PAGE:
Reviews come in slowly for an academic book. Learned journals have leisurely publication schedules, and reviewers often have to wait until summer to do their reading. But now we have some for my memoir, whose primary audience is journalism historians.
My favorite is Paul Steinle’s one-paragraph comment on Amazon.com. I met Paul once, when he and Sara Brown dropped by for a 2010 interview in my living room. Their project is called, “Who Needs Newspapers?”
Here’s what he said:
Phil Meyer’s story is an unvarnished journey of growing up amid “The Silent Generation” and trying to give it a kick in the pants. His journey through journalism reflects the changes this profession has encountered and how he worked to identify the newspaper industry’s weaknesses and warn it about where it was going awry. This is an honest telling of the best and worst of the history of this business over his lifetime and a clear tale about one man’s life in a profession he clearly loves. It’s essential reading for journalists and those who care about this vital service industry.
The basic journal for journalism educators is Journalism and Mass Communication Quarterly. Its book review editor, Edward Pease of Utah State University, assigned my memoir to himself. His review from the December 2012 issue is online but behind a paywall for all but subscribers. However, the fair use doctrine allows me to quote a brief excerpt. So here’s the nut graph:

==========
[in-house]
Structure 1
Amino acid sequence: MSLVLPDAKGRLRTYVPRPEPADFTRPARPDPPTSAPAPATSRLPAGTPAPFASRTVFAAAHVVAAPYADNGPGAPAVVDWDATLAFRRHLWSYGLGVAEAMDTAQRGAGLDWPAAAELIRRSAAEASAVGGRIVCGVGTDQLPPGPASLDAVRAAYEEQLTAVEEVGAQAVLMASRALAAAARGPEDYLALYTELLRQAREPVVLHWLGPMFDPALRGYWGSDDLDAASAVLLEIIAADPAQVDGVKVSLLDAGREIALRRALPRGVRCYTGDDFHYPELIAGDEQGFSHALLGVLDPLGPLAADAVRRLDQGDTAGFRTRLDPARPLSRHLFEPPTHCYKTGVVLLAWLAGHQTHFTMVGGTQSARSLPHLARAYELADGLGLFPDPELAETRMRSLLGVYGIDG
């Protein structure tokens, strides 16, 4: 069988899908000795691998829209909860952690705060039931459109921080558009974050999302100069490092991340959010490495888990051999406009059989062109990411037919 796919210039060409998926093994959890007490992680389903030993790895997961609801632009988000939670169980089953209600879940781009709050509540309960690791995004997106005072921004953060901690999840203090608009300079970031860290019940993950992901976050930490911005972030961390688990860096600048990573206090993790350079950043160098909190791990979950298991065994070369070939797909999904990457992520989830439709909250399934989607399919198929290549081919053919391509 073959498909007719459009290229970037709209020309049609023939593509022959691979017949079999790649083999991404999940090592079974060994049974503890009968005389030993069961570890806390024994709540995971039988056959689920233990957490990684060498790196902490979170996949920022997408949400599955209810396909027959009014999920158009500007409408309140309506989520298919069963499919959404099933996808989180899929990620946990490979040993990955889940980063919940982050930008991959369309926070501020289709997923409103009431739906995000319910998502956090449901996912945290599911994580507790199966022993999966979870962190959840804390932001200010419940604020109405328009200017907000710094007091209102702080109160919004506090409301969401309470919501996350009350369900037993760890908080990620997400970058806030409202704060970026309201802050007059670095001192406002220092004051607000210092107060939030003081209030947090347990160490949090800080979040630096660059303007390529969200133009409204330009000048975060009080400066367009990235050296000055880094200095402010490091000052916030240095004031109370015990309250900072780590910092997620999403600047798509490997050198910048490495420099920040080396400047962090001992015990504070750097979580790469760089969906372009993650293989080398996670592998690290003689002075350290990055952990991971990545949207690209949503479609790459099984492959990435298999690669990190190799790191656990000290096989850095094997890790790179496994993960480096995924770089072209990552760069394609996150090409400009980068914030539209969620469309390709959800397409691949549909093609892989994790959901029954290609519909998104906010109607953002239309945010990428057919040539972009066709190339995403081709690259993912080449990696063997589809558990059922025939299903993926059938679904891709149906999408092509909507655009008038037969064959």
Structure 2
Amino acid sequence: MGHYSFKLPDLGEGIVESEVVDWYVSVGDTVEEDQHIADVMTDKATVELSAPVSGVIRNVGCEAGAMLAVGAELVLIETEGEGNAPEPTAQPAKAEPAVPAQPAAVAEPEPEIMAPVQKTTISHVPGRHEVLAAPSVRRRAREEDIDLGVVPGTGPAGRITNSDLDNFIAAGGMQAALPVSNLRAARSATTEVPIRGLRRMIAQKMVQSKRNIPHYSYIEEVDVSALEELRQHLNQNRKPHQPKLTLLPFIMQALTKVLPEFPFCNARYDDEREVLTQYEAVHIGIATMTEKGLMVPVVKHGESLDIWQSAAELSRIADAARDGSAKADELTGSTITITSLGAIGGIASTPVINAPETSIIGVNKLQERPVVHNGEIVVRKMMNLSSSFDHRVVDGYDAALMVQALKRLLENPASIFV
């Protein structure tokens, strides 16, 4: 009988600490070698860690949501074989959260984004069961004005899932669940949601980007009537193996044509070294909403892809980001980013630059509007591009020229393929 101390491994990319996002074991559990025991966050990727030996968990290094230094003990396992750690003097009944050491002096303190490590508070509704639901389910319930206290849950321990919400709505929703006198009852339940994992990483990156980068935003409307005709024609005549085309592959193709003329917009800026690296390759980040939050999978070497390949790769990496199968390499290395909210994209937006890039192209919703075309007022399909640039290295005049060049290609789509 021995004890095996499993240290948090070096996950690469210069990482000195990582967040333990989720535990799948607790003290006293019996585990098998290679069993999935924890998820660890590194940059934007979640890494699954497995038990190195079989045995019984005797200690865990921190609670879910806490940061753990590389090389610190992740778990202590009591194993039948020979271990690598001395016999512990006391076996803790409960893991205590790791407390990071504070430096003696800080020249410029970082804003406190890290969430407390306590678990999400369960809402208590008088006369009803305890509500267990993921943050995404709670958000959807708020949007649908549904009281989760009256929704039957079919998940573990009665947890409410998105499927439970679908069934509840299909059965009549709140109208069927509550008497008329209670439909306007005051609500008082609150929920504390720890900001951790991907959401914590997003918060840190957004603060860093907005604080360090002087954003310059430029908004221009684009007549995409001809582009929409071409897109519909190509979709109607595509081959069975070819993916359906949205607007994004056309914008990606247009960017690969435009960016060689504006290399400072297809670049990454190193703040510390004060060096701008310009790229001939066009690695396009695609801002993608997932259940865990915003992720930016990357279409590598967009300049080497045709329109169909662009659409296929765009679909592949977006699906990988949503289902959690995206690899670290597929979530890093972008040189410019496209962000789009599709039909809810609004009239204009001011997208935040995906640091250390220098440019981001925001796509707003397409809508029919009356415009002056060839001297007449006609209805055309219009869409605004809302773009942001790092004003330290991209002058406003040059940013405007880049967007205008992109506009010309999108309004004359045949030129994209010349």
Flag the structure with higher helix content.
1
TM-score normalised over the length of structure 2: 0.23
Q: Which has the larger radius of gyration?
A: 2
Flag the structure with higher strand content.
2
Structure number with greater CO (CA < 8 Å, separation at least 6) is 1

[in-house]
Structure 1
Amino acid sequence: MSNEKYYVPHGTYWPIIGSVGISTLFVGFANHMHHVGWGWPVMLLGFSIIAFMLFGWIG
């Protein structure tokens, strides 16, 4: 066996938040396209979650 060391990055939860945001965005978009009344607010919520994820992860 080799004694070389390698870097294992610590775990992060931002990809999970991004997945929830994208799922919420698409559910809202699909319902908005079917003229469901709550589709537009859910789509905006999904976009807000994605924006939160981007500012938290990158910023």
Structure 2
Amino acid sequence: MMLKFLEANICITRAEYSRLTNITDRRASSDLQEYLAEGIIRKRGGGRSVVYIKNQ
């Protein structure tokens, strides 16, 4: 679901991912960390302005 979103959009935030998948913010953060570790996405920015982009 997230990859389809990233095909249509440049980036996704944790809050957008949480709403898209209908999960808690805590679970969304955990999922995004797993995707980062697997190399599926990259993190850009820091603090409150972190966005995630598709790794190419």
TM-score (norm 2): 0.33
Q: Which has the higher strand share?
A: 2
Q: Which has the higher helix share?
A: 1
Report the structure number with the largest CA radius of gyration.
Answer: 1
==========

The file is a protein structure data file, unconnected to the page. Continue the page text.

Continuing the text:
Meyer’s Paper Route, like himself, is low key and self-deprecating. But this is a lot more than a memoir; it traces an extraordinary career of a man whose early journalistic hero was Clark Kent, a thoughtful guy who is still out ahead of most of us, who developed a superpower that has the potential, at least, to change the way journalism is done, if only we’d use it.
Donna Lampkin Stephens, University of Central Arkansas, reviewed the book for American Journalism, the publication of the American Journalism Historian’s Association. Her conclusion:
And, nearly fifty years since Meyer’s Nieman year, journalism continues to evolve. Today’s practitioners would do well to keep in mind his willingness to go beyond the status quo, to dig deeper, to look at the business in new and different ways. As he recalled, he learned his superpower—the scientific method—at Harvard and applied it to newspaper reporting. There are other such powers out there. Who will find them, and how can they be used for the good of journalism?
As far as I know, only one newspaper has reviewed Paper Route. But it’s the most important one, the paper that I threw from a bicycle in my first newspaper job: The Clay Center Dispatch. Because the Dispatch has not as of this writing put up a pay wall, I can give you access to the full review by Elby Adamson, contributing writer. I had a teacher named Adamson. I wonder if they are related?